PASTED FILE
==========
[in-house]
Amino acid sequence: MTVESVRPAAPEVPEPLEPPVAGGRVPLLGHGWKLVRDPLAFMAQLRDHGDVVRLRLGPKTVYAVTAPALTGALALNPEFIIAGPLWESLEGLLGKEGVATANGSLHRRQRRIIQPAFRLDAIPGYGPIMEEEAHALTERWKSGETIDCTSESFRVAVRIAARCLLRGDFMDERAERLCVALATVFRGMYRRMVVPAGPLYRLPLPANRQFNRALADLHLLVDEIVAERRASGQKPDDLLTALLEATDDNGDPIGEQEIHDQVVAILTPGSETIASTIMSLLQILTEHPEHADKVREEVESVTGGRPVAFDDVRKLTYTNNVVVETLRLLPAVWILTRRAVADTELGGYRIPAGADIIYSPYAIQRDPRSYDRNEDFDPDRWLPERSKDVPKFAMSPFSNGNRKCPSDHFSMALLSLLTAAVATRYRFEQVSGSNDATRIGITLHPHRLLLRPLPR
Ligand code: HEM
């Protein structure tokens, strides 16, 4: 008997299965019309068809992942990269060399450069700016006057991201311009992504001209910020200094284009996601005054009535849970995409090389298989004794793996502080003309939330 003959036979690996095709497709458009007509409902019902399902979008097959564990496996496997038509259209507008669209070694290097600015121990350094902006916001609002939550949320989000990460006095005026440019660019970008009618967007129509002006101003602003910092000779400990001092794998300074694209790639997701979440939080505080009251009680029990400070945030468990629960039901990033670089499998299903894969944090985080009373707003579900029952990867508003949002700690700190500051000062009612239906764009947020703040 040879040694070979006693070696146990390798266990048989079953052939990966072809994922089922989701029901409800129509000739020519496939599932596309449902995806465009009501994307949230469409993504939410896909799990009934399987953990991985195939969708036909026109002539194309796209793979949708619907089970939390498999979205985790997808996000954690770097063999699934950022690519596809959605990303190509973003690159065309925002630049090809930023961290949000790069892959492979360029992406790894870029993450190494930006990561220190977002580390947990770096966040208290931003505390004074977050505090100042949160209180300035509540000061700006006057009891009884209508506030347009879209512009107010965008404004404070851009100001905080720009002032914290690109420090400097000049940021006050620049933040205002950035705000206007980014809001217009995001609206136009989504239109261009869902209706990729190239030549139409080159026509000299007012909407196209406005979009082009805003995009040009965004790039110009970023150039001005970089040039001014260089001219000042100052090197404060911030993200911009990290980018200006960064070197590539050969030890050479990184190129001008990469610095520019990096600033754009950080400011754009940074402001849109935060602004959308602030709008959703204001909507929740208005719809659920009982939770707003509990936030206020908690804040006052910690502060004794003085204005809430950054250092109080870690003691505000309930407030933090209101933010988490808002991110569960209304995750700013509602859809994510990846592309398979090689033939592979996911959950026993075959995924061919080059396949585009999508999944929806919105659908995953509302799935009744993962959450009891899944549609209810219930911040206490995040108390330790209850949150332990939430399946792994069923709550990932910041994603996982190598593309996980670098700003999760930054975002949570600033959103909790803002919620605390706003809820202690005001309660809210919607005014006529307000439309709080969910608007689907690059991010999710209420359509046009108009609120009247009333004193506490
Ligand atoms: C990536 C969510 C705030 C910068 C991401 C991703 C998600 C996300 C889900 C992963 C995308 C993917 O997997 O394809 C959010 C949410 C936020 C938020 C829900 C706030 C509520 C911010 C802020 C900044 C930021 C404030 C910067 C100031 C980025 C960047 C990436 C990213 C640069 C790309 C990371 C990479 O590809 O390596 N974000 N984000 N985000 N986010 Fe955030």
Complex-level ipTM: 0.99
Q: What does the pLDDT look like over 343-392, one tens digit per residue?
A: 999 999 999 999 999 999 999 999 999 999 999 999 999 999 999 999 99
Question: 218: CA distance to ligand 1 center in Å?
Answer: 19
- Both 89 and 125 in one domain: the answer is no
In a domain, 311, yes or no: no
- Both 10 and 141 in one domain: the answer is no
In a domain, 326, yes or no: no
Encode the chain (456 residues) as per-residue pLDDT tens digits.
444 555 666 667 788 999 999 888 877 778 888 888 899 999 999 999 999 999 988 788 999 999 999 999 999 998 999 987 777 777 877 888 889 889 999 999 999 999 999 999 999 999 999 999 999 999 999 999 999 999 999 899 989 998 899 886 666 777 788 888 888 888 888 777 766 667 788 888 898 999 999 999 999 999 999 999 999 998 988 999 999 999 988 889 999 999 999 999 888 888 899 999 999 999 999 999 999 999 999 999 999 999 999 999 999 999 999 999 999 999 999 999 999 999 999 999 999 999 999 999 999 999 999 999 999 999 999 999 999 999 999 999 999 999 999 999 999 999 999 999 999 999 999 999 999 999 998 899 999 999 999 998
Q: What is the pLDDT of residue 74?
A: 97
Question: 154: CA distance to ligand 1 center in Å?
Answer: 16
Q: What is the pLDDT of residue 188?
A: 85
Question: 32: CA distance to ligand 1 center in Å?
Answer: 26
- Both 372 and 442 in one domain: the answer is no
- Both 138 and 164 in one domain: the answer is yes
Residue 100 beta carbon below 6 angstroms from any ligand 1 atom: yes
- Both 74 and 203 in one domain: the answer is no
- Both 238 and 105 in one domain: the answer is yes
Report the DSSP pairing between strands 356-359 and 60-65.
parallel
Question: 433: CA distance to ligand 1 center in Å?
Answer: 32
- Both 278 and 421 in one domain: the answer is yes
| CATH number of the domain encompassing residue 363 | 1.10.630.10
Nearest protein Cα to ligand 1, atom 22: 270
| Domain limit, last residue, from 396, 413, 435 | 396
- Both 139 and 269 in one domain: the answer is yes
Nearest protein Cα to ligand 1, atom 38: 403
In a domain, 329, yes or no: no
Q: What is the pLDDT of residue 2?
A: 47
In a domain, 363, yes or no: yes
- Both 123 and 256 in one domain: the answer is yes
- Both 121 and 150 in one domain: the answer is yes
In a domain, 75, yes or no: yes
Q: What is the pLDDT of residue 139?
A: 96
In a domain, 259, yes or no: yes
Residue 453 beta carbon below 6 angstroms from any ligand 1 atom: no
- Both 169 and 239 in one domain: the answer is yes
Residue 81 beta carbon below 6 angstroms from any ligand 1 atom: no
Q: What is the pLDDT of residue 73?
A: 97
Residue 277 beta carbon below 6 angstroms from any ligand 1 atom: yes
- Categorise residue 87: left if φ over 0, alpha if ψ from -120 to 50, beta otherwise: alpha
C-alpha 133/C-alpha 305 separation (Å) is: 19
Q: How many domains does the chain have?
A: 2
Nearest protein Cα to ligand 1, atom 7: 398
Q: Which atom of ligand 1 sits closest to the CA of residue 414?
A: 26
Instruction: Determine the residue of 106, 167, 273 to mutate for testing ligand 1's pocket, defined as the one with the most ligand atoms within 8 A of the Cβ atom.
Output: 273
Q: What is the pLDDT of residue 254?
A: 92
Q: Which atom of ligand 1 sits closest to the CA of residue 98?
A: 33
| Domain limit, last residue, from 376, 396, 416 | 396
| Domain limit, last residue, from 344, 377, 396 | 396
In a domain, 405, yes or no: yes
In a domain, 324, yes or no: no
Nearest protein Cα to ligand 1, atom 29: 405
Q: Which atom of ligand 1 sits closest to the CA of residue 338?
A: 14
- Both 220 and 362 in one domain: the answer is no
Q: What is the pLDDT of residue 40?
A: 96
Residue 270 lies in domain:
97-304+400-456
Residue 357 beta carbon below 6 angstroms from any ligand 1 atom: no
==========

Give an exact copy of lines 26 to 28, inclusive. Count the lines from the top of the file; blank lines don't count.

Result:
- Both 138 and 164 in one domain: the answer is yes
Residue 100 beta carbon below 6 angstroms from any ligand 1 atom: yes
- Both 74 and 203 in one domain: the answer is no